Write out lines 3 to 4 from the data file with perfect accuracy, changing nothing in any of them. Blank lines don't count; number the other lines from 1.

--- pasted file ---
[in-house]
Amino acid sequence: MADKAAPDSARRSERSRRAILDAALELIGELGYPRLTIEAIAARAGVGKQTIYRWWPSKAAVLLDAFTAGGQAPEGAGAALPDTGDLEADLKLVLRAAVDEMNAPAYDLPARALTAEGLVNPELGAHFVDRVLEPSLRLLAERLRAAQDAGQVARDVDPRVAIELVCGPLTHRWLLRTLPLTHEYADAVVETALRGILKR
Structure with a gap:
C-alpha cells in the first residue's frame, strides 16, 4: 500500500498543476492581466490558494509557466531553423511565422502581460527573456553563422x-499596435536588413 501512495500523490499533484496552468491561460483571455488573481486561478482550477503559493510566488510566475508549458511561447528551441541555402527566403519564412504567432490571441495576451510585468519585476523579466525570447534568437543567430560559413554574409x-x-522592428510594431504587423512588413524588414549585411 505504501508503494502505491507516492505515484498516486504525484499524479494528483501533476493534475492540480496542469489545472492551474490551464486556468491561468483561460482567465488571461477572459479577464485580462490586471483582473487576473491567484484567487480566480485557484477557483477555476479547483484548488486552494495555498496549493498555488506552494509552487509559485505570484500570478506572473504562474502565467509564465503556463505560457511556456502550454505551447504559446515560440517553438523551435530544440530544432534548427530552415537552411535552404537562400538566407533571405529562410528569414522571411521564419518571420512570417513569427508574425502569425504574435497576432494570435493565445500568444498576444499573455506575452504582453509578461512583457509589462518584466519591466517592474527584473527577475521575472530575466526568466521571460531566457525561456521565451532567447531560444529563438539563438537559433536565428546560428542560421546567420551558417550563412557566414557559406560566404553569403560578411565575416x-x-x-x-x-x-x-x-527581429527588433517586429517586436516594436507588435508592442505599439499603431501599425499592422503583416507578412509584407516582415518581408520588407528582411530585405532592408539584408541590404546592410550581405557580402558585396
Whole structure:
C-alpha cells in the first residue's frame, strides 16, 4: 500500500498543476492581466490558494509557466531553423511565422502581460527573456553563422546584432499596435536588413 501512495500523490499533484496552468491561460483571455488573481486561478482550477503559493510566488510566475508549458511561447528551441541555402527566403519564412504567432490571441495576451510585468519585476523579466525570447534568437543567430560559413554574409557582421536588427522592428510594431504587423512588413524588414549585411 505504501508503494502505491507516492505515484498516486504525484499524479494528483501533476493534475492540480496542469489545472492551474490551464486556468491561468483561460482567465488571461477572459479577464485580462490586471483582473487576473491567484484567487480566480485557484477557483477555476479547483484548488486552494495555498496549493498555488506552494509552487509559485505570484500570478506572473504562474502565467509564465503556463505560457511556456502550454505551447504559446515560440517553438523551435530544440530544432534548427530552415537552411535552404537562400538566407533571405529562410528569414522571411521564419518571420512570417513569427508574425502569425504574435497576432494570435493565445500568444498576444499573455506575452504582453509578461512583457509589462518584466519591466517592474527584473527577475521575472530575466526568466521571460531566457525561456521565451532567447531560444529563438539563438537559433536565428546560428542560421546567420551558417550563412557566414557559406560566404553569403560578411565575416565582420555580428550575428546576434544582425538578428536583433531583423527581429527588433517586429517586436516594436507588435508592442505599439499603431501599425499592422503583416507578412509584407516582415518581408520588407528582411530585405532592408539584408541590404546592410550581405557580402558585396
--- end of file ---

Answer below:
Structure with a gap:
C-alpha cells in the first residue's frame, strides 16, 4: 500500500498543476492581466490558494509557466531553423511565422502581460527573456553563422x-499596435536588413 501512495500523490499533484496552468491561460483571455488573481486561478482550477503559493510566488510566475508549458511561447528551441541555402527566403519564412504567432490571441495576451510585468519585476523579466525570447534568437543567430560559413554574409x-x-522592428510594431504587423512588413524588414549585411 505504501508503494502505491507516492505515484498516486504525484499524479494528483501533476493534475492540480496542469489545472492551474490551464486556468491561468483561460482567465488571461477572459479577464485580462490586471483582473487576473491567484484567487480566480485557484477557483477555476479547483484548488486552494495555498496549493498555488506552494509552487509559485505570484500570478506572473504562474502565467509564465503556463505560457511556456502550454505551447504559446515560440517553438523551435530544440530544432534548427530552415537552411535552404537562400538566407533571405529562410528569414522571411521564419518571420512570417513569427508574425502569425504574435497576432494570435493565445500568444498576444499573455506575452504582453509578461512583457509589462518584466519591466517592474527584473527577475521575472530575466526568466521571460531566457525561456521565451532567447531560444529563438539563438537559433536565428546560428542560421546567420551558417550563412557566414557559406560566404553569403560578411565575416x-x-x-x-x-x-x-x-527581429527588433517586429517586436516594436507588435508592442505599439499603431501599425499592422503583416507578412509584407516582415518581408520588407528582411530585405532592408539584408541590404546592410550581405557580402558585396